One of the most important aspects of using a mobile device for learning is being able to use it to interact with your environment. A major part of that is the various sensors that enable you to gather data from your learning context. That has not always been easy to do in the past, with the need to find and install various apps that would allow you to access different combinations of sensors on your device.

Thankfully, the nQuire-it citizen inquiry site has been launched to help young people to develop practical science skills, and the nQuire-it platform includes the Sense-it app, the first open application to unlock the full range of sensors on mobile devices, so that people of any age can do science projects on their phones and tablets.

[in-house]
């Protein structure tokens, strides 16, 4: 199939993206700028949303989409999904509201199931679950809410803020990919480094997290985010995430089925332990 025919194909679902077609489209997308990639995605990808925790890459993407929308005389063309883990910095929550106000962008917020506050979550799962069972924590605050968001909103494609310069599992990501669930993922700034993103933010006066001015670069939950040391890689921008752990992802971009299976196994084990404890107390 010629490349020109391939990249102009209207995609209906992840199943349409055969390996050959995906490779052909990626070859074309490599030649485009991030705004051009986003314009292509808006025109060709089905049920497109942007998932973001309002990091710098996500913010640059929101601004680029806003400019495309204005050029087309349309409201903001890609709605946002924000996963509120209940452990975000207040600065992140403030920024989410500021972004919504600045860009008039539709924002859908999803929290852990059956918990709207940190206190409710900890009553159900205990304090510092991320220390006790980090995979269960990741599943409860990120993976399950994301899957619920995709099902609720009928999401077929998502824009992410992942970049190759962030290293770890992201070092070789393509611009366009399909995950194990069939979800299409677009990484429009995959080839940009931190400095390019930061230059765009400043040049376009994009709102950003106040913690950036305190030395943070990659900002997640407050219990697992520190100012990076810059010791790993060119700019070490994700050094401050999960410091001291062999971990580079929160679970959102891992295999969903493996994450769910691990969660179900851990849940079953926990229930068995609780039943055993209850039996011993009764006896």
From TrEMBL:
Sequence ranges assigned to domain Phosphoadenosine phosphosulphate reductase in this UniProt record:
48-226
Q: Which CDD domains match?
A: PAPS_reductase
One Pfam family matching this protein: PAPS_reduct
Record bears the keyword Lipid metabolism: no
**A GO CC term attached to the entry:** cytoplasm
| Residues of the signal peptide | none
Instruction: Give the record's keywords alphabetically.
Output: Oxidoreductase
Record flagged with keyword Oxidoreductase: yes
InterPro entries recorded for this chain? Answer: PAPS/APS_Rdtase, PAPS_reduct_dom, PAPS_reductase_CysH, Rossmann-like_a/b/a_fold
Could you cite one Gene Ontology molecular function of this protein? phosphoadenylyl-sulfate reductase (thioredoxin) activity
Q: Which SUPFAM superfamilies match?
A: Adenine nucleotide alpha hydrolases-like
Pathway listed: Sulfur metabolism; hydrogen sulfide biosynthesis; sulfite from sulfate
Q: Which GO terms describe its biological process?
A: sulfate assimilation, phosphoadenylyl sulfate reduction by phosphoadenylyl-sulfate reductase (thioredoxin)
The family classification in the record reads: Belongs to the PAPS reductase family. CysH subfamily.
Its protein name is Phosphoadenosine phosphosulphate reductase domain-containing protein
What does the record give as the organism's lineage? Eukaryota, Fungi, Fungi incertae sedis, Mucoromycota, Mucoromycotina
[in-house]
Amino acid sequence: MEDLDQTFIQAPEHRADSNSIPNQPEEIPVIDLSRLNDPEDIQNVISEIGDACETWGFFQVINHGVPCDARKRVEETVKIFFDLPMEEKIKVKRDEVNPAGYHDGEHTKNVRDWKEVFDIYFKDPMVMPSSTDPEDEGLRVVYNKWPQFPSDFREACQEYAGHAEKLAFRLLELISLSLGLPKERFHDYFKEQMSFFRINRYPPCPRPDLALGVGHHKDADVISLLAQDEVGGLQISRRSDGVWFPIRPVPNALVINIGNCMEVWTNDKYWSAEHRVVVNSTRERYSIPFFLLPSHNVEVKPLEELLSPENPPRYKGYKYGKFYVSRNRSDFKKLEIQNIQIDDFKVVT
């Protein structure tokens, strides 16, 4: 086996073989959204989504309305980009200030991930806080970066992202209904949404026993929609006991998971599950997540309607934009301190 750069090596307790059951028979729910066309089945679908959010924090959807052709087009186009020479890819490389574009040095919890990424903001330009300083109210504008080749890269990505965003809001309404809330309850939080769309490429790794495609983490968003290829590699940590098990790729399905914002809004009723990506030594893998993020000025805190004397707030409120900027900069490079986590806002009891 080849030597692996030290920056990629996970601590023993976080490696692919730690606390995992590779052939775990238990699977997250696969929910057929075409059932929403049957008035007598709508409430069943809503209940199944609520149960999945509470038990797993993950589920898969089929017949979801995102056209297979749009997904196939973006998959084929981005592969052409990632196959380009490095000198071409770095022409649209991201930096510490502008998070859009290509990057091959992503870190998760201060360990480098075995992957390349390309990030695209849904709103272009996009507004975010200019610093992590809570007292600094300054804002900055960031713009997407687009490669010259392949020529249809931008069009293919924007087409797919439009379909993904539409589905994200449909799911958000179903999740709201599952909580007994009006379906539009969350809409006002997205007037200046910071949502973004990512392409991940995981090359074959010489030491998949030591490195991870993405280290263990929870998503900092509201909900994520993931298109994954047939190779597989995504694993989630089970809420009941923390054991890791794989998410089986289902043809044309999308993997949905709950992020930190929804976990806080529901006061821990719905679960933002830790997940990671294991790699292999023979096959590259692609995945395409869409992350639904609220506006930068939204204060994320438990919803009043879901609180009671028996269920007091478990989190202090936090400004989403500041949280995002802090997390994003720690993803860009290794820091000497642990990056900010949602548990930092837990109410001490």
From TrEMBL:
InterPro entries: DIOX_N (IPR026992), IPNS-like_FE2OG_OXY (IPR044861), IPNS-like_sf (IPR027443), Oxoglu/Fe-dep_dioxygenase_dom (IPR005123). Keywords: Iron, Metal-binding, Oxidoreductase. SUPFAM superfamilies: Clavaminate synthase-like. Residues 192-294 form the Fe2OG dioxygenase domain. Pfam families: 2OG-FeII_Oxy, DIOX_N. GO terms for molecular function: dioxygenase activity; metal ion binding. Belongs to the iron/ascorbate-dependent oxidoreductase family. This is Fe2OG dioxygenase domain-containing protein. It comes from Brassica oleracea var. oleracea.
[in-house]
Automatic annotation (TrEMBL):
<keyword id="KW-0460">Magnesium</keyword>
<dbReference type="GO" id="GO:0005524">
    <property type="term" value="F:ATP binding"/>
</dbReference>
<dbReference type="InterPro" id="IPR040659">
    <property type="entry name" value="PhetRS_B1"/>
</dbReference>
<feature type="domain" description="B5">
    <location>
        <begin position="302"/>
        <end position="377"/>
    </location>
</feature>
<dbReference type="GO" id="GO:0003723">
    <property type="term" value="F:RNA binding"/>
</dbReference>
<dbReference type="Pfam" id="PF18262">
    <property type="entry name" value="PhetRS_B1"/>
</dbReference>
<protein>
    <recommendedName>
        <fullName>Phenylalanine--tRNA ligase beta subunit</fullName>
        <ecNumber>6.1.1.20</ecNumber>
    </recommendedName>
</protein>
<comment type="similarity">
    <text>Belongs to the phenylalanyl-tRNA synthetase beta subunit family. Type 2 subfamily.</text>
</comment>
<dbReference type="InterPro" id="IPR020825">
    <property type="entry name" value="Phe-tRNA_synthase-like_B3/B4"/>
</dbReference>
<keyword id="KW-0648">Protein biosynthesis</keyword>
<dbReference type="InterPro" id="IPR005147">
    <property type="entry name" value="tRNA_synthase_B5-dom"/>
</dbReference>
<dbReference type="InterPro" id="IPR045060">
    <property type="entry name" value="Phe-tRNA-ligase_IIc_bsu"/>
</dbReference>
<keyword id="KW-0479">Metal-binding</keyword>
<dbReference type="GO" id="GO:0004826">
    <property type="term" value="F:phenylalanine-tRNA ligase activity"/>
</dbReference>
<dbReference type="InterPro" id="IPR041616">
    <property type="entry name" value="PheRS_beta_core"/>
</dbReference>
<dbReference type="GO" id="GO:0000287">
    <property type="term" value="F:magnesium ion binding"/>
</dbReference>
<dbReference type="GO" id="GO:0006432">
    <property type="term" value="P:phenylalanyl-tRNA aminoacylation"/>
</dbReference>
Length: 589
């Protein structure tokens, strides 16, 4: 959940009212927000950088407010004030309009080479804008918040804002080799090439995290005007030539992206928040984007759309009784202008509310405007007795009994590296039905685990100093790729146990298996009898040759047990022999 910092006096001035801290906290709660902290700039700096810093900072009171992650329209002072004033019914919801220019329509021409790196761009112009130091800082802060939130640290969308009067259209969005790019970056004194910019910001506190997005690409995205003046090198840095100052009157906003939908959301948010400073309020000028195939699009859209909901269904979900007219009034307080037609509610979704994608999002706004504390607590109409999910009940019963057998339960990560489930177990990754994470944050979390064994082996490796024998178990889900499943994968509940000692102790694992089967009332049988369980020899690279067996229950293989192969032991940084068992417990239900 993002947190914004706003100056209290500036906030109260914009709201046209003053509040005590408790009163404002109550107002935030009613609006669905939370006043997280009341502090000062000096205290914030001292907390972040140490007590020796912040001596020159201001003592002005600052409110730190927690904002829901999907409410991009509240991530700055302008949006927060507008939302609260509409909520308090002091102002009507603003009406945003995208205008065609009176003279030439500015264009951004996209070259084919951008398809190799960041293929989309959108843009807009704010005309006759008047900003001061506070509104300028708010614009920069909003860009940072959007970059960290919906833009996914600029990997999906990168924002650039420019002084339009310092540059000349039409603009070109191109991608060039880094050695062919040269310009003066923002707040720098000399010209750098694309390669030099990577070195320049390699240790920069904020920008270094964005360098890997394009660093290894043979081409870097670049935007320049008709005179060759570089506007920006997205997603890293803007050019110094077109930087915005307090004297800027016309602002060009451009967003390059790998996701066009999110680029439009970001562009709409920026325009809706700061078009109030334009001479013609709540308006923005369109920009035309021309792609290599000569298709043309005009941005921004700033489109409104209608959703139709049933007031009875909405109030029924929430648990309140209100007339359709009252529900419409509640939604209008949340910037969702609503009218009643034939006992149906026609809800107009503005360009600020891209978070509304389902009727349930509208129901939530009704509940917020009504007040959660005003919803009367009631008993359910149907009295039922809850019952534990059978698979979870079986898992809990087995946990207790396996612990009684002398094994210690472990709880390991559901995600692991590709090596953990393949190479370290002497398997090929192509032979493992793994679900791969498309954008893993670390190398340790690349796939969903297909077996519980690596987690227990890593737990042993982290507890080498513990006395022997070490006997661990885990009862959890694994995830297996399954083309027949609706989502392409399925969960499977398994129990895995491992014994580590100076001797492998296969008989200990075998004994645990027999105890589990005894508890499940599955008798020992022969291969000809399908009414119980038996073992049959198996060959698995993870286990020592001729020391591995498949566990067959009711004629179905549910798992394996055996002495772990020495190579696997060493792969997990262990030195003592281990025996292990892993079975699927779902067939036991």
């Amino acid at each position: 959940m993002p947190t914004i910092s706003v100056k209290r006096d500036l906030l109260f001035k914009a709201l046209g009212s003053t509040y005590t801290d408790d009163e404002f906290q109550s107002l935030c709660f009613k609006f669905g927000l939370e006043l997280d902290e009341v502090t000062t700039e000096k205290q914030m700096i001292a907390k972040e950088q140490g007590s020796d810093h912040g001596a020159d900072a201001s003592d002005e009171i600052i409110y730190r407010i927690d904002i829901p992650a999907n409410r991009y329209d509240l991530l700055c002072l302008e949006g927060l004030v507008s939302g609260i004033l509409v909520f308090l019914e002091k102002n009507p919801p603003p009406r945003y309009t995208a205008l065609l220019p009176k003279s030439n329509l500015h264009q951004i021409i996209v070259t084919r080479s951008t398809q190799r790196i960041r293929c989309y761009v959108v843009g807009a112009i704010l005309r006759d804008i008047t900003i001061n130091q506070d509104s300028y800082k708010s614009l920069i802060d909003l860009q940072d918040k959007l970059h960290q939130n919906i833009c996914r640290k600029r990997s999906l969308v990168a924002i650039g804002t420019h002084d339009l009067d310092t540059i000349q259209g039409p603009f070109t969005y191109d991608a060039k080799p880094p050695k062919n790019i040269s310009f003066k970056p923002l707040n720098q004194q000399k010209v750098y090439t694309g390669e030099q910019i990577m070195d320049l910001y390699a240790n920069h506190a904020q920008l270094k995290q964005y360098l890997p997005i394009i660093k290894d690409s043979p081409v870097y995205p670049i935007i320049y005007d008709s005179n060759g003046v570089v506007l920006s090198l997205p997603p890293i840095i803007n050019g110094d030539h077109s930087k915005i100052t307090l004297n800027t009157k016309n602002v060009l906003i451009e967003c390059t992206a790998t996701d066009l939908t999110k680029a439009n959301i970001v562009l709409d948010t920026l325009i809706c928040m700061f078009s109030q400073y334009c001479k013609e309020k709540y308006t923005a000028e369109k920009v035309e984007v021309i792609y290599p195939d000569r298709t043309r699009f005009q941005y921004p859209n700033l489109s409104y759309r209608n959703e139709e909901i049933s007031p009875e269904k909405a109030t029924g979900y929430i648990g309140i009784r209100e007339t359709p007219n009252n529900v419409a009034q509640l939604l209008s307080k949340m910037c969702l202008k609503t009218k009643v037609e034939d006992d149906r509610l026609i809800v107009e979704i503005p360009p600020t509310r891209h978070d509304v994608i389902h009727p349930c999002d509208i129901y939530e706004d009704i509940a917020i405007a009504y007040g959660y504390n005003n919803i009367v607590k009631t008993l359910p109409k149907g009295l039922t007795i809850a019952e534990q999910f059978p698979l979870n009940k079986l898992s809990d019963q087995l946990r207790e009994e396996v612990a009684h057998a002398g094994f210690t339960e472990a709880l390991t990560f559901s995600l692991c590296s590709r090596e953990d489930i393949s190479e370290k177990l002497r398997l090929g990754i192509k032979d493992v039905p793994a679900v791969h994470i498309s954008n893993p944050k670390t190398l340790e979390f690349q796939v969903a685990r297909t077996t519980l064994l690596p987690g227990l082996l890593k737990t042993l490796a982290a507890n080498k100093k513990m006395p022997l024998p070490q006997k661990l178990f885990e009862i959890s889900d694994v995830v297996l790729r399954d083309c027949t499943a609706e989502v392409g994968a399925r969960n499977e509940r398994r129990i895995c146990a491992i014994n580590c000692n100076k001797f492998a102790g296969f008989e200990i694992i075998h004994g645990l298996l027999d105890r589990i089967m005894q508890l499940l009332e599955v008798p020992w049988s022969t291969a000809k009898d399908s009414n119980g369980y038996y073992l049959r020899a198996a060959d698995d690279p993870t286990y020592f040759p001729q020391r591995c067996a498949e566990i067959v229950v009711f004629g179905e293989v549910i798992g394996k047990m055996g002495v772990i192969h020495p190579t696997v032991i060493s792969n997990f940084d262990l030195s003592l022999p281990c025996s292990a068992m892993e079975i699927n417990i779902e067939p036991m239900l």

Sense-it provides a useful list of the sensors available on your particular device. My ‘legacy’ Galaxy SIII doesn’t have anything like the full set of sensors available on some of the newest phones, but still has a reasonable selection, as this screen capture from Sense-it’s handy ‘show/hide sensors’ tool shows.

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Each sensor has an associated tool within the app. These appear on the main screen.

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Each app makes it easy to gather data from the selected sensor. Here, for example, is the light sensor being used to measure the light level in my office.

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The nQuire-it site has lots of projects where you can try out these sensors, and you can also create your own projects. This should prove a great resource for science teachers and learners.

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